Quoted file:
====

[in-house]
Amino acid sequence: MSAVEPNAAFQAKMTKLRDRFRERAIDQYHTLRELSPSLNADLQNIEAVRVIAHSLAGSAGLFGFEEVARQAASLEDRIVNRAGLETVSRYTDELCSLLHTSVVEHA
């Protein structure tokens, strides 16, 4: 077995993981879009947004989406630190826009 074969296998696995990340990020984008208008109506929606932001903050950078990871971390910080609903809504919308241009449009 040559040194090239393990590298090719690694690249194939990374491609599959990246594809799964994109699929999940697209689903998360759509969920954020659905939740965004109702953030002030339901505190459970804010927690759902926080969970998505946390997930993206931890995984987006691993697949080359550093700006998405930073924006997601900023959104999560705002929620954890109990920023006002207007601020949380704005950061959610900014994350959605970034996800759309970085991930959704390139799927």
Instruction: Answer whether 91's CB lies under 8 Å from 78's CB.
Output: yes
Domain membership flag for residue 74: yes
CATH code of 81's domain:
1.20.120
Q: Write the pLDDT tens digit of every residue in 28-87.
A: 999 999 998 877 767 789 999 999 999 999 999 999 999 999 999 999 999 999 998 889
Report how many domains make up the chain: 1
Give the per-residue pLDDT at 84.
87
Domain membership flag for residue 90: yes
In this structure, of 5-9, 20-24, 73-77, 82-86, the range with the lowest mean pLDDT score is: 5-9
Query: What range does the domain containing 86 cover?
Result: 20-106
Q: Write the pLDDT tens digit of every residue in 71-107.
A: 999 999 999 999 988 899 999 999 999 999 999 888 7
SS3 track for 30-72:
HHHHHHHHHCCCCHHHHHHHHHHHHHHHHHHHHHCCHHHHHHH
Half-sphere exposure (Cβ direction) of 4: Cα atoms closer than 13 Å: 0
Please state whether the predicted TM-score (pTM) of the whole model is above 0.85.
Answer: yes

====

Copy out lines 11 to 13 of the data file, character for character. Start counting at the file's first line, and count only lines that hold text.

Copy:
Report how many domains make up the chain: 1
Give the per-residue pLDDT at 84.
87